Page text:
Aiden loves music. While he’s out jogging, he’s listening to Pandora, while working it’s Spotify, and he has a playlist for everything he does: cardio, cooking, gaming, you name it. His entire life has a soundtrack and it’s playing on his headphones. But the exact thing that Aiden enjoys, the loud, immersive music, could be causing permanent damage to his hearing.
There are ways to enjoy music that are safe for your ears and ways that are not so safe. But the more hazardous listening choice is frequently the one most of us choose.
How can hearing loss be the result of listening to music?
As time passes, loud noises can cause deterioration of your hearing abilities. Normally, we think of aging as the primary cause of hearing loss, but more recent research is revealing that hearing loss isn’t an inherent part of aging but is instead, the outcome of accumulated noise damage.
It also turns out that younger ears are especially susceptible to noise-induced damage (they’re still growing, after all). And yet, the long-term harm from high volume is more likely to be disregarded by young adults. So there’s an epidemic of younger people with hearing loss thanks, in part, to high volume headphone use.
Can you enjoy music safely?
It’s obviously dangerous to listen to music on max volume. But merely turning down the volume is a less dangerous way to listen. The general recommendations for safe volumes are:
- For adults: No more than 40 hours of weekly listening on a device and keep the volume lower than 80dB.
- For teens and young children: 40 hours is still fine but lower the volume to 75dB.
Forty hours per week translates into roughly five hours and forty minutes a day. That may seem like a lot, but it can go by rather quickly. But we’re taught to monitor time our whole lives so the majority of us are rather good at it.
The more challenging part is monitoring your volume. Volume isn’t gauged in decibels on most smart devices like TVs, computers, and smartphones. Each device has its own arbitrary scale. Maybe it’s 1-100. But perhaps it’s 1-16. You might not have any idea how close to max volume you are or even what max volume on your device is.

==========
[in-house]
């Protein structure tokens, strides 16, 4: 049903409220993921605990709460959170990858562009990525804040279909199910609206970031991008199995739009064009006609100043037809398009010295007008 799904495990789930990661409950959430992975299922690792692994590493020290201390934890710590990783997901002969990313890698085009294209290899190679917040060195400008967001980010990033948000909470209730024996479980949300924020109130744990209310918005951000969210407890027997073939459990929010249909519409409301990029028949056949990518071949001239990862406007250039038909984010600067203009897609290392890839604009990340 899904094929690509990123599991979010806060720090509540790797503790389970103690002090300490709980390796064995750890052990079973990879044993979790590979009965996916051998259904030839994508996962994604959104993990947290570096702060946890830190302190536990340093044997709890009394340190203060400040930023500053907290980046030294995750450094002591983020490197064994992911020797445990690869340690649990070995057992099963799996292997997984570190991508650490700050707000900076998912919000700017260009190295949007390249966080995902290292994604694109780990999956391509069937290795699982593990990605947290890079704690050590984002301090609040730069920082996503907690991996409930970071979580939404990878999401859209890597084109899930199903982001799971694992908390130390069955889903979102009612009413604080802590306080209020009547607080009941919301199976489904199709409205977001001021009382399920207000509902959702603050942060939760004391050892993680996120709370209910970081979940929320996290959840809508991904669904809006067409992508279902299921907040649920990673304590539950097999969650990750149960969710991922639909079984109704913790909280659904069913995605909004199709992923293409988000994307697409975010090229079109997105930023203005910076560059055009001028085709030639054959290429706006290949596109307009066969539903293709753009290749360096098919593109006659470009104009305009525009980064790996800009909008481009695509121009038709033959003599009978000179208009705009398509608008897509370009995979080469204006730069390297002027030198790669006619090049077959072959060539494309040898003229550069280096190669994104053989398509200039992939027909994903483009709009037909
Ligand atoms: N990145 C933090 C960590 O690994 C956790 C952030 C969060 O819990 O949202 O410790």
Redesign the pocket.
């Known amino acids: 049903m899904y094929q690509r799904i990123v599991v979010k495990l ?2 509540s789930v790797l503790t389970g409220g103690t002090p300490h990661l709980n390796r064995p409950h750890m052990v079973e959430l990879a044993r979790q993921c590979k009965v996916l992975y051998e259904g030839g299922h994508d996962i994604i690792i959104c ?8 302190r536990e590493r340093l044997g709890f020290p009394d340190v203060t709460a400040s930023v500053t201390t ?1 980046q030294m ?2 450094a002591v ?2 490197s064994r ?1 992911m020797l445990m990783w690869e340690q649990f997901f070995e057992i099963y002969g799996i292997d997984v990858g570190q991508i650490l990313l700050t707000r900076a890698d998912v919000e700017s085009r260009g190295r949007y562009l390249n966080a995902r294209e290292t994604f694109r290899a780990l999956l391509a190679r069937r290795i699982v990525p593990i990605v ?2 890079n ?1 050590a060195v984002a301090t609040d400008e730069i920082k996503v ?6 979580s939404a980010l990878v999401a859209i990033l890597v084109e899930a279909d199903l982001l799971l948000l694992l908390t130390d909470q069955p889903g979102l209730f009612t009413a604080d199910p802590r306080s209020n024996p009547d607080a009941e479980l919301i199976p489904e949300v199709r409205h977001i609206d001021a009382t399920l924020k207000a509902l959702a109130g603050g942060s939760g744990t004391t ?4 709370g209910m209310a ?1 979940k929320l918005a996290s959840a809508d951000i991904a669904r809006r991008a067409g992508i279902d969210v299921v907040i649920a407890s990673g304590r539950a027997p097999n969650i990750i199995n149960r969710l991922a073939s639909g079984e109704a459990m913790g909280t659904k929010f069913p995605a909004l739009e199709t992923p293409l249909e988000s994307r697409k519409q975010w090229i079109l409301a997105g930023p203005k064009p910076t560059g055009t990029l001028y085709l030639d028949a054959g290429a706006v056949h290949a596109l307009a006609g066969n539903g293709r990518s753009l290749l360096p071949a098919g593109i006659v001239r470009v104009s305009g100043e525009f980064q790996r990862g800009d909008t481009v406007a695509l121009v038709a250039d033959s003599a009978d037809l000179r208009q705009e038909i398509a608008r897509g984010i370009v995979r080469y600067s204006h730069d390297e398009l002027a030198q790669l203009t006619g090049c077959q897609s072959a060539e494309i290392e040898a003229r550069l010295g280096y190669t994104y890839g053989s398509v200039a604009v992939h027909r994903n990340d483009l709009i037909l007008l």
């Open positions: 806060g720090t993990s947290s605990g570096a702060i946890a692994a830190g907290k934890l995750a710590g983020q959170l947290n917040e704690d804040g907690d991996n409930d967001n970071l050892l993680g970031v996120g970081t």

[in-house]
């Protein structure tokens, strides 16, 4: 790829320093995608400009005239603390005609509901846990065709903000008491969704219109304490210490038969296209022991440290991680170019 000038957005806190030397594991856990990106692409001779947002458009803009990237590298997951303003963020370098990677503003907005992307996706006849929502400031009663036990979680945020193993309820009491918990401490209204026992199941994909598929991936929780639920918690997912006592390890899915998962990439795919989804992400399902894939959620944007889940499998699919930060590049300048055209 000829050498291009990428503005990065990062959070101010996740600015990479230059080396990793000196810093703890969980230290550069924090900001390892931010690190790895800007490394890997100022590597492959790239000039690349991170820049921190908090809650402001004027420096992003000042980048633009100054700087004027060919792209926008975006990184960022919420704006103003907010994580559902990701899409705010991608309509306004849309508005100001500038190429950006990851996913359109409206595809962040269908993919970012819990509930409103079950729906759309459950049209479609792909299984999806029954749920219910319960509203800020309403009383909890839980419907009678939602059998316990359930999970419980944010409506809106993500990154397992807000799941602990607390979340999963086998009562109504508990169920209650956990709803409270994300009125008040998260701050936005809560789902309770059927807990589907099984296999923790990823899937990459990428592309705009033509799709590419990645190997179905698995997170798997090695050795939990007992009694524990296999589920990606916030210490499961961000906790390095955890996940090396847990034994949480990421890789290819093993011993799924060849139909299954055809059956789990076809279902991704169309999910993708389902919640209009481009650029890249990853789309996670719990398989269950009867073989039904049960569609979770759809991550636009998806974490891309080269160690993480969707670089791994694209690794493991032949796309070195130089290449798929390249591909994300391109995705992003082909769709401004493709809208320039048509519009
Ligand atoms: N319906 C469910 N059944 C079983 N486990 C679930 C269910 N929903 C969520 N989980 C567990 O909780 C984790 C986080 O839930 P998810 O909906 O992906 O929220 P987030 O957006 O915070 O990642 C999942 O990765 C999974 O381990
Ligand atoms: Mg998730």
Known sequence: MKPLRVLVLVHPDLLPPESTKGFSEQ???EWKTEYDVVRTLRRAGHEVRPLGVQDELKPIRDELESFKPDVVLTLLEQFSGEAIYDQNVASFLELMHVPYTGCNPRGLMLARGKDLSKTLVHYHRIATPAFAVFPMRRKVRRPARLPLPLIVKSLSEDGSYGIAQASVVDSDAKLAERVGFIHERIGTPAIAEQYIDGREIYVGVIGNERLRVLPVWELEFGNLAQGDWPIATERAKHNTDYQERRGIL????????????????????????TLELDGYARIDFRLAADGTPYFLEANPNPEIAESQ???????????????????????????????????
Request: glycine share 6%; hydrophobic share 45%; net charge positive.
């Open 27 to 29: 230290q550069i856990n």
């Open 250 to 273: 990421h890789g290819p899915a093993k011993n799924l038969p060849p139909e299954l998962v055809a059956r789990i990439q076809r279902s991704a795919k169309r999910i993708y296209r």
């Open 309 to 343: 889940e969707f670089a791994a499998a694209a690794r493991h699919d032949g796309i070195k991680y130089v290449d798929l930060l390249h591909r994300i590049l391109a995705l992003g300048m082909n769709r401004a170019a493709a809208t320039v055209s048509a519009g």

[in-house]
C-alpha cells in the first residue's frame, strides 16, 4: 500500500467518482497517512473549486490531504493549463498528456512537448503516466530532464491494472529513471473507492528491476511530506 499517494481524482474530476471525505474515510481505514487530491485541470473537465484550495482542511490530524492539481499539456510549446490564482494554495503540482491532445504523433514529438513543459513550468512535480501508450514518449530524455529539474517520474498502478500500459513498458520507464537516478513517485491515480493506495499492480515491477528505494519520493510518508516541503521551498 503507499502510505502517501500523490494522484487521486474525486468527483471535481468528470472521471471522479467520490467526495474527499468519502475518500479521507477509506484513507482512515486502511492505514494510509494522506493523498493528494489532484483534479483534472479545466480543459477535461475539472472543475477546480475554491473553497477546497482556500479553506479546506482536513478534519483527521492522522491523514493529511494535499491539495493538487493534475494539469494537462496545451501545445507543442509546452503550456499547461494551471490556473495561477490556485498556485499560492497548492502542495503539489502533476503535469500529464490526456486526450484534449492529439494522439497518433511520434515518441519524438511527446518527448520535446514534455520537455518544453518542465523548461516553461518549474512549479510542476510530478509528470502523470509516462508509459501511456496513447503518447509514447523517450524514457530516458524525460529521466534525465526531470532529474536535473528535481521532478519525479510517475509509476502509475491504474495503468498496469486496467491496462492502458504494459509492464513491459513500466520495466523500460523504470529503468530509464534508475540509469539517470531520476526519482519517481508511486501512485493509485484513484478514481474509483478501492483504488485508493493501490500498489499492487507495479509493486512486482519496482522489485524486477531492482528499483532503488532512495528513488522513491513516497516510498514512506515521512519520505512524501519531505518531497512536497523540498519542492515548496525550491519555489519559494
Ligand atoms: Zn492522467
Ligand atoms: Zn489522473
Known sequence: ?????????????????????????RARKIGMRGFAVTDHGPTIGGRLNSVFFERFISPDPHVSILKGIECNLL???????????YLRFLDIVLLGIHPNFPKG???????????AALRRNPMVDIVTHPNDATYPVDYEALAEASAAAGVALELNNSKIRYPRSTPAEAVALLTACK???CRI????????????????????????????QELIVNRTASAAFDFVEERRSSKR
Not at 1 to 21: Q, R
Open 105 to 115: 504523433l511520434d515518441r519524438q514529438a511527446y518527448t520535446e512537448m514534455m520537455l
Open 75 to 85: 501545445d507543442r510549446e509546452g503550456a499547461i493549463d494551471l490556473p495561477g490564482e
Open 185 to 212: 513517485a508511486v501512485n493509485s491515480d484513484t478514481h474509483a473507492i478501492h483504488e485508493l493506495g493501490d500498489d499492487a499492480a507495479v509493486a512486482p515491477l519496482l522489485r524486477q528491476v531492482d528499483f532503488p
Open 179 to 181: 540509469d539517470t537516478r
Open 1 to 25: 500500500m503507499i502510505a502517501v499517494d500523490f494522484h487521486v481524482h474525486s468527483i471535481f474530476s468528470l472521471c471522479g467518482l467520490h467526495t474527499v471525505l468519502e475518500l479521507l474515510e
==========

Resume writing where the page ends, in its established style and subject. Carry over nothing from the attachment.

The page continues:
How can you track the volume of your tunes?
There are some non-intrusive, easy ways to figure out just how loud the volume on your music really is, because it’s not all that easy for us to contemplate what 80dB sounds like. It’s even harder to understand the difference between 80 and 75dB.
So using one of the many noise free monitoring apps is highly recommended. Real-time readouts of the noise around you will be available from both iPhone and Android apps. In this way, you can make real-time alterations while monitoring your real dB level. Or, while listening to music, you can also adjust your configurations in your smartphone which will efficiently tell you that your volume is too loud.
As loud as a garbage disposal
Typically, 80 dB is about as noisy as your garbage disposal or your dishwasher. That’s not too loud. It’s a significant observation because 80dB is about as much noise as your ears can handle without damage.
So pay close attention and try to stay clear of noise above this volume. If you happen to listen to some music above 80dB, remember to minimize your exposure. Maybe minimize loud listening to a song rather than an album.
Over time, loud listening will cause hearing problems. You can develop tinnitus and hearing loss. The more you can be conscious of when your ears are entering the danger zone, the more educated your decision-making can be. And safer listening will ideally be part of those decisions.
Call us if you still have questions about the safety of your ears.